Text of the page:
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I'm trying to learn Cocos2D from Learning Cocos2D, A hands-on guide by Rod Strougo & Ray Wenderlich, but it uses Cocos 1, not 2 which is out now. I imagine the book is still relevant later on, but in the first chapter I'm running into an issue telling the director to run a scene, because it seems like that whole process is now different in Cocos2D 2.

I'd rather not have to buy a different book, so I was hoping that changing the way to run a scene is fairly simple.

This is what the book says to do:

find the -applicationDidFinishLaunching method and comment out:

 [[CCDirector sharedDirector]runWithScene: [HelloWorld scene]];

and add:

[[CCDirector sharedDirector]runWithScene:[GameScene node]];

I can't find anything that looks like that in AppDelegate, instead it looks like this has something to do with the new way:

[director_ pushScene: [IntroLayer scene]]; 

My attempts to adapt what the tutorial says to the new way has so far failed, but maybe it is an easy fix.

Incase it is the GameScene which is outdated:

#import <Foundation/Foundation.h>
#import "cocos2d.h"
#import "BackgroundLayer.h"
#import "GameplayLayer.h"
#import "CCScene.h"

@interface GameScene : CCScene



@implementation GameScene

    self = [super init];
    if (self != nil)
        BackgroundLayer *backgroundLayer = [BackgroundLayer node];
        [self addChild:backgroundLayer z:0];
        GameplayLayer *gameplayLayer = [GameplayLayer node];
        [self addChild:gameplayLayer z:5];
    return self;
share|improve this question
I found these tutorials to be very helpful in learning.… and… – owen gerig Oct 10 '12 at 17:27
Set a breakpoint in init. Does init get executed? – LearnCocos2D Oct 10 '12 at 22:08
up vote 1 down vote accepted

The issue you are having is with the class method +scene. That is used when creating the scene within a layer instead of initializing a scene and having that instance create its own child layers. You will understand the differences later in the book when you get more into the scene -> layer relationship.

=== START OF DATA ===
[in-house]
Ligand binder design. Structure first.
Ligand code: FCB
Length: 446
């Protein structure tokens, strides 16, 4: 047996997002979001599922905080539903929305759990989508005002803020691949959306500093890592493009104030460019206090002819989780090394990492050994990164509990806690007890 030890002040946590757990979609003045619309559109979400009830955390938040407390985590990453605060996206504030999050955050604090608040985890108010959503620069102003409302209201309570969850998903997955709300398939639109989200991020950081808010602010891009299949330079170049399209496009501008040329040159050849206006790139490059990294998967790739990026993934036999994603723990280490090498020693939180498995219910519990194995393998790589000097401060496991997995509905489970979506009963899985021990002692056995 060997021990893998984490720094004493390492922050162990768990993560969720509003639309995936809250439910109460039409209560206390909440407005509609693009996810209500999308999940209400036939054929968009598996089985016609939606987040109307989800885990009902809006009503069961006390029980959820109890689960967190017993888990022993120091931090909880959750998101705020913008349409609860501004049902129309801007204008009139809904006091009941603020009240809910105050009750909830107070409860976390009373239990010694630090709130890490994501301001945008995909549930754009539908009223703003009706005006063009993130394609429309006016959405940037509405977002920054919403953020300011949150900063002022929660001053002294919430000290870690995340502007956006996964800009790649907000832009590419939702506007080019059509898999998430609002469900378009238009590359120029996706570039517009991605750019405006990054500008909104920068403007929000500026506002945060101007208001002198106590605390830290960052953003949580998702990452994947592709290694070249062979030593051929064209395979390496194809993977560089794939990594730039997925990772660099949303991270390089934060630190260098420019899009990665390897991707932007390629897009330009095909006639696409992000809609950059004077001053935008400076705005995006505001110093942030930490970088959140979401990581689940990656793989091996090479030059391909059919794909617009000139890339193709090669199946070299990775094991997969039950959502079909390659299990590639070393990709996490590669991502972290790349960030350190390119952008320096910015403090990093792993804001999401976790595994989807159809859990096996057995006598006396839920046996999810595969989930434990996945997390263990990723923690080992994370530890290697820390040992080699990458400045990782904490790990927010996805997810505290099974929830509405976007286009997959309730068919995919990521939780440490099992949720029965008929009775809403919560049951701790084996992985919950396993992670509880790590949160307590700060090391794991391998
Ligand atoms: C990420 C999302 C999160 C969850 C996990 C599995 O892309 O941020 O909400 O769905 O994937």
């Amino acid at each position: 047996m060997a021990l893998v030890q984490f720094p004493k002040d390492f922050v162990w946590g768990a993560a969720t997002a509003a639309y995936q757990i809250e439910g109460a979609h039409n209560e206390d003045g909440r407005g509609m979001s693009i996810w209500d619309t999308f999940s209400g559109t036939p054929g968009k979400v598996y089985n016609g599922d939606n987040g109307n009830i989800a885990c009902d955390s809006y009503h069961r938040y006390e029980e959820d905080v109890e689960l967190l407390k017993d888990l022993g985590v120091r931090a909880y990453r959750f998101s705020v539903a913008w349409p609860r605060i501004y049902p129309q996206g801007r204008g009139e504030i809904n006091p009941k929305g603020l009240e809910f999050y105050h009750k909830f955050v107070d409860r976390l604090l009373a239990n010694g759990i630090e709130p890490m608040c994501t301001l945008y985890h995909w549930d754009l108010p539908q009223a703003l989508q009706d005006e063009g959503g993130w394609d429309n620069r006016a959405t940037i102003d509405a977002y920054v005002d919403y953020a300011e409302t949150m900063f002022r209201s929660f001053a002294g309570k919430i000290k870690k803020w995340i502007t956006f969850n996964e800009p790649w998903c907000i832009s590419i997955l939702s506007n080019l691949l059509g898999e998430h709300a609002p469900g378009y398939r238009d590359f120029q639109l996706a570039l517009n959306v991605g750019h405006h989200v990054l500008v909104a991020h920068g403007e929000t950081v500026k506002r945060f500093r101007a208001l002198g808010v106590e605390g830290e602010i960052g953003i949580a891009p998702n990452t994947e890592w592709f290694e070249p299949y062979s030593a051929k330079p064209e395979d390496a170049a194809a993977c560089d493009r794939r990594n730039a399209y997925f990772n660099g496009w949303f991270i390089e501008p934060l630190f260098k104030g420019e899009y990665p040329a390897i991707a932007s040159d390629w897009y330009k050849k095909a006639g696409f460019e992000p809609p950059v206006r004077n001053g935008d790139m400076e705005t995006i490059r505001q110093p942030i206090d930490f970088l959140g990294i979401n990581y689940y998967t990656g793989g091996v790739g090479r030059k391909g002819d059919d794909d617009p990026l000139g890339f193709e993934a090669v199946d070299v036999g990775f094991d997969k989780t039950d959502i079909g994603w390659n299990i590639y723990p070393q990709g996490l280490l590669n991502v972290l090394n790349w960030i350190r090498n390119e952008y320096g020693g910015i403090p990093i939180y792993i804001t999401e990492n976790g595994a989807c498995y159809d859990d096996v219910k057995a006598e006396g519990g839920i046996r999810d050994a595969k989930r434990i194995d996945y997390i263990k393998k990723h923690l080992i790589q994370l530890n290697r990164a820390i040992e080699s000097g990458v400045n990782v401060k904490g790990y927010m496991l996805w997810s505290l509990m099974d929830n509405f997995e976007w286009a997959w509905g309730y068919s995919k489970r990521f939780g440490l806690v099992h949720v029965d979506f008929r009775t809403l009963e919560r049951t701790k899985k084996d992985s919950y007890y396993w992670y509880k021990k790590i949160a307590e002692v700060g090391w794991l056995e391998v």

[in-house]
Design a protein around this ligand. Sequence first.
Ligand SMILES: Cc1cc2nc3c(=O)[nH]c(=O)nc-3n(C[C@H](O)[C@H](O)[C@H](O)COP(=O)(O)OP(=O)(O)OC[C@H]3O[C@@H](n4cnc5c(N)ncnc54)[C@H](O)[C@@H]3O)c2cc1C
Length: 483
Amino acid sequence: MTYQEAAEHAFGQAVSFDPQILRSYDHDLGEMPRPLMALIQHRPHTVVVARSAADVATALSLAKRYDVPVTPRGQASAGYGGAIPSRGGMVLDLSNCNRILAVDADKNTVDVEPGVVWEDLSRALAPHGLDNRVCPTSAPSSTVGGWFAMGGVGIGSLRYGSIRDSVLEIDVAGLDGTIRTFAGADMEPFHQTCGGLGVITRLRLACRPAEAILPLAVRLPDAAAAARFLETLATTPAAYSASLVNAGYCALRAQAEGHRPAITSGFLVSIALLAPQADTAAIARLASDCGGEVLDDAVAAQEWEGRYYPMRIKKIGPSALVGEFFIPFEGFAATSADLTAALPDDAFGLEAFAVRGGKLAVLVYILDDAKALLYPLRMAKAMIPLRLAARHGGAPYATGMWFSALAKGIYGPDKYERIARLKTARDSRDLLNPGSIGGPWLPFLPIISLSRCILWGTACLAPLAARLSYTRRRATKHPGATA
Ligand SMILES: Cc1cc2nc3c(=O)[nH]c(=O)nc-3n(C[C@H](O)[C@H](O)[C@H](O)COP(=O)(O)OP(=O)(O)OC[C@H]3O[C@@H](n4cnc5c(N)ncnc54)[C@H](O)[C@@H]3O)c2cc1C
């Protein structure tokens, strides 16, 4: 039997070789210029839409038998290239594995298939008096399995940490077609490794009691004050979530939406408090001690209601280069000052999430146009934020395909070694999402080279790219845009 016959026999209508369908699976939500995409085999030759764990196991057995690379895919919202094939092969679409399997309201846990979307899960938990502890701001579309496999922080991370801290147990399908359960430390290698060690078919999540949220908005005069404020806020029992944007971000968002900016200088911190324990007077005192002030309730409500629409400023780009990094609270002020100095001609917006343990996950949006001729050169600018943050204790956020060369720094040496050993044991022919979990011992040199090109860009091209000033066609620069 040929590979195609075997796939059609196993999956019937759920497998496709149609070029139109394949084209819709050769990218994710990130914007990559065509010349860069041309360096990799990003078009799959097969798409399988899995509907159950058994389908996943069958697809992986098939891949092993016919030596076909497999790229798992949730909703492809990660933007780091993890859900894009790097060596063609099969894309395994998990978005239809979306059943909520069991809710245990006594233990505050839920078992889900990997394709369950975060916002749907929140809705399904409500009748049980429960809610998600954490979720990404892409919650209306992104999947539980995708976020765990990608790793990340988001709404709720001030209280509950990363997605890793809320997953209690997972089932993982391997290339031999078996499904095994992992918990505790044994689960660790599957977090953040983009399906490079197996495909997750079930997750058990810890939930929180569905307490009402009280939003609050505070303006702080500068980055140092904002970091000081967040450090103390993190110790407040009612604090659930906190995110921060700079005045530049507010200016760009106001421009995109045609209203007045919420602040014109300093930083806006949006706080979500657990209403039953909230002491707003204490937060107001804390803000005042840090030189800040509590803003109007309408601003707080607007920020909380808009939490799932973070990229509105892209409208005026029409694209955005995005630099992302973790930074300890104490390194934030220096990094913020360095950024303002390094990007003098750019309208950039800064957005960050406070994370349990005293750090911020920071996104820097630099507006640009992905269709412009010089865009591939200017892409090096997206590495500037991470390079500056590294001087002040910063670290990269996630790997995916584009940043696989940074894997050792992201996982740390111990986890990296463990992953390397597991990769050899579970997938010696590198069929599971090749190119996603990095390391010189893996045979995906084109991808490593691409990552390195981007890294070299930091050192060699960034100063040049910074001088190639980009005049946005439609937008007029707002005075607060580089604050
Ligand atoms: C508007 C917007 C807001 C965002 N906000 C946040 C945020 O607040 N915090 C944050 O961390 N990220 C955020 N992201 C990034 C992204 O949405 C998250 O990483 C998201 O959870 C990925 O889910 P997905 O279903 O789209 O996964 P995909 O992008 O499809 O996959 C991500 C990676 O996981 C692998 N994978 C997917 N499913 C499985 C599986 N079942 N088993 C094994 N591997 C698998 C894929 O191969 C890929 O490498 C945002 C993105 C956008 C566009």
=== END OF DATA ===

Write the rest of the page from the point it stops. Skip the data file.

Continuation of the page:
Comment out [director_ pushScene: [IntroLayer scene]]; in -applicationDidFinishLaunching and replace it with the following:

[director_ pushScene:[GameScene node]];

That should work just fine for your needs. It will create an instance of GameScene (subclass of CCScene) with your two CCLayer subclass instances as children, those being the backgroundLayer and gameplayLayer you instantiate in the GameScene -init method.

If you are curious as to why calling [GameScene scene] was not working for you, that is because you never declared such a method in your interface. It is a little confusing, but basically you would instead create a Game Layer subclass of CCLayer and in your .h file, declare this class method:

+ (CCScene *)scene;

In your implementation .m file, you would define that method as such:

// Class initializer method
+ (CCScene *)scene {
    CCScene *scene = [CCScene node]; // Create a container scene instance
    GameLayer *gameLayer = [GameLayer node]; // Create an instance of the current layer class
    [scene addChild:gameLayer]; // Add new layer to container scene
    return scene; // Return ready-made scene and layer in one

Then when you call [GameLayer scene] that +scene method creates the scene for that layer and adds it as a child. It is quicker, but can be more troublesome with multiple layers in my experience.

share|improve this answer
The first advice didn't actually work, but the advice on creating a Game Layer Subclass did, so thanks a bunch. – William Robinson Oct 12 '12 at 15:07

Have you tried this:

[[CCDirector sharedDirector] pushScene:[IntroLayer scene]];
share|improve this answer
I just did, and though it still allowed me to run the template's IntroLayer like normal, it doesn't run the tutorial's GameScene when turned into: [[CCDirector sharedDirector] pushScene:[GameScene scene]]; It instead doesn't load any scene. I'll update the main text to show what GameScene does, it may also be too out of date. – William Robinson Oct 10 '12 at 17:44

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